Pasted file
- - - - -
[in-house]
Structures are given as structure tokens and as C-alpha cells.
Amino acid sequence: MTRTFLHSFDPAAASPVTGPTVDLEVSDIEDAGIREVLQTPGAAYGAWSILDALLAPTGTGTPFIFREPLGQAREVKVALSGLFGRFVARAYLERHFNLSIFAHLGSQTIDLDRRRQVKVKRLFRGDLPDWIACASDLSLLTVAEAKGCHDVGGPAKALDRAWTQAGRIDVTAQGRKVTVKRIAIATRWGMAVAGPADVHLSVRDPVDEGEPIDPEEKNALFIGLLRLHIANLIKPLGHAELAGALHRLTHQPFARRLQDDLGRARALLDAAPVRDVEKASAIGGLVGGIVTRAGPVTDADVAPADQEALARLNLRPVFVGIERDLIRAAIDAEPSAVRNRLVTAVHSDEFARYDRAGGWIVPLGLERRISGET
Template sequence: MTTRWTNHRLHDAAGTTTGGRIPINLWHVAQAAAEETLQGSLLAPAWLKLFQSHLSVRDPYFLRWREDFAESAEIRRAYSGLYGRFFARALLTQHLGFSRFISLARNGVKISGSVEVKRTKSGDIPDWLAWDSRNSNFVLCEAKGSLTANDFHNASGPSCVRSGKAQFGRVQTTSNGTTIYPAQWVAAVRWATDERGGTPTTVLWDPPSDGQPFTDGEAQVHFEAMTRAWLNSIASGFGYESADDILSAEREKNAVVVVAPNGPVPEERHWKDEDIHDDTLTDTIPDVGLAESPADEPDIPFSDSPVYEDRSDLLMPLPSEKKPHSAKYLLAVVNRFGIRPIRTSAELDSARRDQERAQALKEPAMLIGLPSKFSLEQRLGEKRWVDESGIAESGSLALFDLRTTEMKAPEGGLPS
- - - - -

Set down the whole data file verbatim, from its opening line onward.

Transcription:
[in-house]
Structures are given as structure tokens and as C-alpha cells.
Amino acid sequence: MTRTFLHSFDPAAASPVTGPTVDLEVSDIEDAGIREVLQTPGAAYGAWSILDALLAPTGTGTPFIFREPLGQAREVKVALSGLFGRFVARAYLERHFNLSIFAHLGSQTIDLDRRRQVKVKRLFRGDLPDWIACASDLSLLTVAEAKGCHDVGGPAKALDRAWTQAGRIDVTAQGRKVTVKRIAIATRWGMAVAGPADVHLSVRDPVDEGEPIDPEEKNALFIGLLRLHIANLIKPLGHAELAGALHRLTHQPFARRLQDDLGRARALLDAAPVRDVEKASAIGGLVGGIVTRAGPVTDADVAPADQEALARLNLRPVFVGIERDLIRAAIDAEPSAVRNRLVTAVHSDEFARYDRAGGWIVPLGLERRISGET
Template sequence: MTTRWTNHRLHDAAGTTTGGRIPINLWHVAQAAAEETLQGSLLAPAWLKLFQSHLSVRDPYFLRWREDFAESAEIRRAYSGLYGRFFARALLTQHLGFSRFISLARNGVKISGSVEVKRTKSGDIPDWLAWDSRNSNFVLCEAKGSLTANDFHNASGPSCVRSGKAQFGRVQTTSNGTTIYPAQWVAAVRWATDERGGTPTTVLWDPPSDGQPFTDGEAQVHFEAMTRAWLNSIASGFGYESADDILSAEREKNAVVVVAPNGPVPEERHWKDEDIHDDTLTDTIPDVGLAESPADEPDIPFSDSPVYEDRSDLLMPLPSEKKPHSAKYLLAVVNRFGIRPIRTSAELDSARRDQERAQALKEPAMLIGLPSKFSLEQRLGEKRWVDESGIAESGSLALFDLRTTEMKAPEGGLPS